Sultan Mehmed II (Conqueror) Pavilion/ Treasury Department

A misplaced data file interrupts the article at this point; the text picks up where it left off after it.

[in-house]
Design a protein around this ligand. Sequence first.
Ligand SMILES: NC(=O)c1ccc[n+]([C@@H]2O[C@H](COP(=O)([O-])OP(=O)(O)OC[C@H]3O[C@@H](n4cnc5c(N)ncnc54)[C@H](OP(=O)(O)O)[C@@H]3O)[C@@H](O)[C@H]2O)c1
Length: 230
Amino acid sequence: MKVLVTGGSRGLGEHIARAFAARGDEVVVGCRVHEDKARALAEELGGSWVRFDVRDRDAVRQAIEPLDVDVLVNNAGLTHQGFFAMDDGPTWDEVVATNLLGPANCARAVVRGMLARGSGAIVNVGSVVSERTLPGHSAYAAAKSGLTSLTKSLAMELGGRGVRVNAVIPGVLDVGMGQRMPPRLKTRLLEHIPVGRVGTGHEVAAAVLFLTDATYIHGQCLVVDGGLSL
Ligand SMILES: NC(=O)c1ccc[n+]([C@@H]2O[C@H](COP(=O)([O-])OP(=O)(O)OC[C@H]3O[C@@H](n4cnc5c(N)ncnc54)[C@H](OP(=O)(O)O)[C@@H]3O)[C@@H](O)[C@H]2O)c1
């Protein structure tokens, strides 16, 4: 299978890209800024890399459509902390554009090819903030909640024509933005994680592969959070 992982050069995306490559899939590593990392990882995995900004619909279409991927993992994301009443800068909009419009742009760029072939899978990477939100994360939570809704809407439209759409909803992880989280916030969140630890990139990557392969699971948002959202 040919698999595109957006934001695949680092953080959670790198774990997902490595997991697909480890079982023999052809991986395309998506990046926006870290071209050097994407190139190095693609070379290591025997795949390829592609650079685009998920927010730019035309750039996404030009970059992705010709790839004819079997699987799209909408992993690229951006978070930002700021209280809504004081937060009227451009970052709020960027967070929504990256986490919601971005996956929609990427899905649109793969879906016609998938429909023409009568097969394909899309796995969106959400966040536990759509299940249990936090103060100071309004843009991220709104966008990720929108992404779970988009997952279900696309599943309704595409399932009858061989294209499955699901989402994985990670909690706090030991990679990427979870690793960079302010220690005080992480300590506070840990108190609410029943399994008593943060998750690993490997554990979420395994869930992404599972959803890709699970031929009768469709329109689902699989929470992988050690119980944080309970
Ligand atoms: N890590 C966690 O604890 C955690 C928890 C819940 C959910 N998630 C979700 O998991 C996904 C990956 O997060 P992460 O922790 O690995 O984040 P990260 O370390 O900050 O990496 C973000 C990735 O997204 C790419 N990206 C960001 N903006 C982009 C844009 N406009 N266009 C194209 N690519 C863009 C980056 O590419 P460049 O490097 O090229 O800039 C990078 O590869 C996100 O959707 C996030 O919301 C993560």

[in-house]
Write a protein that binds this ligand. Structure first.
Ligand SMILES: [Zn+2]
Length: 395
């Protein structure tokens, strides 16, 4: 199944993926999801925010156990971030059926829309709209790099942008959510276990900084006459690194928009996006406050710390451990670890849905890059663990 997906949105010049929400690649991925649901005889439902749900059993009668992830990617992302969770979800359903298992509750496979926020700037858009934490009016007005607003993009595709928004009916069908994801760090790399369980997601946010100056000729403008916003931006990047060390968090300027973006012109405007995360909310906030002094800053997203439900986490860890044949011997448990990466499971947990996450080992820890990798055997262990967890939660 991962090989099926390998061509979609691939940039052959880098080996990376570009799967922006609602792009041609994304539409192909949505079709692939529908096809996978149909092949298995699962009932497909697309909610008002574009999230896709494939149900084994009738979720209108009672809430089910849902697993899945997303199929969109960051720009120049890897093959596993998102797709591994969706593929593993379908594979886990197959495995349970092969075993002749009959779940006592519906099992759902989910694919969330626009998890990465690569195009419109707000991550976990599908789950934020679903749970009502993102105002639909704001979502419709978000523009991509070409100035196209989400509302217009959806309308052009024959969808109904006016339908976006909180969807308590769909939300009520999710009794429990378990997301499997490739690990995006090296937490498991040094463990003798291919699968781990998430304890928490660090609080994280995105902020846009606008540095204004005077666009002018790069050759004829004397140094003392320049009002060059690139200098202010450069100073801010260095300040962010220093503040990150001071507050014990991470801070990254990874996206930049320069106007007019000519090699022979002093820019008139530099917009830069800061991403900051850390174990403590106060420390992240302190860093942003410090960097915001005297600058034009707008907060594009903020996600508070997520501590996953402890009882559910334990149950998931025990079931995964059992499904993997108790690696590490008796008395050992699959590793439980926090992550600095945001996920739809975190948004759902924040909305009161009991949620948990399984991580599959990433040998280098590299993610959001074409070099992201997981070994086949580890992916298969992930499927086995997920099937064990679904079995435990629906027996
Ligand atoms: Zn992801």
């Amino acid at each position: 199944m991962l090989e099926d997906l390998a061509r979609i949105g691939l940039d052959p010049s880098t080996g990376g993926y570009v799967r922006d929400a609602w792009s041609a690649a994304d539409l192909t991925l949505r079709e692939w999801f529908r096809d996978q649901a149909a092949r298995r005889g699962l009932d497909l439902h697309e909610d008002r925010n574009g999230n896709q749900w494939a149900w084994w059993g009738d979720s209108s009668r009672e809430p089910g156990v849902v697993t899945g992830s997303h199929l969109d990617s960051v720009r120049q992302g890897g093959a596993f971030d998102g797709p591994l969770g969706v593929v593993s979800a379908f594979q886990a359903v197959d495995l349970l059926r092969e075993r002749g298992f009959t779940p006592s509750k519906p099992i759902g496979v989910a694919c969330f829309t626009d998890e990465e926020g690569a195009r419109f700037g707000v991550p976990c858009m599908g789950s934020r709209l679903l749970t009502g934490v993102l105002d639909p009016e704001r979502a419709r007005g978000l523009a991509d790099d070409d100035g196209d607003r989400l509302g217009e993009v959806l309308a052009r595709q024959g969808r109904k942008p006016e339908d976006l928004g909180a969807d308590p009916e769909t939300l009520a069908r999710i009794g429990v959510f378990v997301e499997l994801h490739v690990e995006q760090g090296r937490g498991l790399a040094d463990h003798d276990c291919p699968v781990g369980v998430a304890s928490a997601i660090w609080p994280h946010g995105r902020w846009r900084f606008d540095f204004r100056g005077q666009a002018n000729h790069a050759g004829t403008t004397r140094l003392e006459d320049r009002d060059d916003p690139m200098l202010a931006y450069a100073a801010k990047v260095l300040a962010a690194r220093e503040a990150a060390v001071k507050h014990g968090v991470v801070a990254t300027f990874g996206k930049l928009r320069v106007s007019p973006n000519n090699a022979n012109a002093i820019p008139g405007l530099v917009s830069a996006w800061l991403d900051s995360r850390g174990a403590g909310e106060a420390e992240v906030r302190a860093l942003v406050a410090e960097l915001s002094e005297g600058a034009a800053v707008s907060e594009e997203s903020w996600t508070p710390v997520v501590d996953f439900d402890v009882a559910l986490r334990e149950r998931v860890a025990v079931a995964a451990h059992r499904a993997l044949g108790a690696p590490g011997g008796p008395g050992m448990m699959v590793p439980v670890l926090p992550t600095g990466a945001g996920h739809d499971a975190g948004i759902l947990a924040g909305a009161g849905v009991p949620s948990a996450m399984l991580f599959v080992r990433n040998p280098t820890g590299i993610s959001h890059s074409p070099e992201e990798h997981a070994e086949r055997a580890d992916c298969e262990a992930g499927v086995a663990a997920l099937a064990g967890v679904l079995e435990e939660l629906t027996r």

The Pavilion of the Conqueror was built in 1462-63 and is located on a point with a commanding and beautiful view of the whole of Sarayburnu. With great mastery, it was constructed on a highly inconvenient slope and follows the plan of Turkish houses containing an external hall. The pavilion is made up of four main rooms and has a central roofed hall with an ablution fountain and a semi-open portico. The overseer of the Treasury Dormitory and of the Inner Palace Treasury was called the “hazîne kethüdası”. Plunder obtained after the Battle of Chaldiran on 23 August 1514 and the conquest of Mamluk Egypt in 1517 enabled Sultan Selim I or “Selim the Grim” (r. 1512-20) (the grandson of Sultan Mehmed II) to greatly enrich the palace treasury. Having thus filled the treasury, Selim commanded: “Let this treasury which I have filled with gold bear the seal of whichever of my successors can thus fill it with loot; otherwise, let it continue to bear my own seal.” And indeed, the external door of the Inner Palace Treasury continued to bear Selim’s seal until the palace was finally converted into a museum. Use of the Royal Treasury (Hazîne-i Hümâyûn) was subject to the sultan’s discretion. The treasury’s gold and silver would be used for administration of the palace, for public works, construction and for philanthropic purposes. Taxes from Egypt effectively constituted the sultan’s private “pocket money” (Ceb-i Hümâyûn) and would be used to cover the expenses of buildings constructed on his order  such as mosques, fountains, and madrasas or schools of theology, some of which have survived to the present. When state finances were strained, such as in times of war, the sultan would dip into the Royal Treasury so as to lend to the state treasury but would never subsequently ask for repayment. The other section of the treasury was an exhibition hall of sorts. Here were exhibited the sultan’s share of plunder, gifts from ambassadors, and precious objects of historical value that had been purchased. Among these objects were gold and silver pots and pans; silk carpets and prayer mats; precious furs; gem-studded clothes and kaftans; feather plumes; armbands; riding equipment; belts; and diamonds, pearls, turquoise, rubies and emeralds. In the 19th century, these precious objects were exhibited to foreign dignitaries in specially constructed showcases; this is now considered to be the first museum-style activity to have been carried out in Turkey. The objects that make up the Royal Treasury continue to be exhibited at the Pavilion of the Conqueror.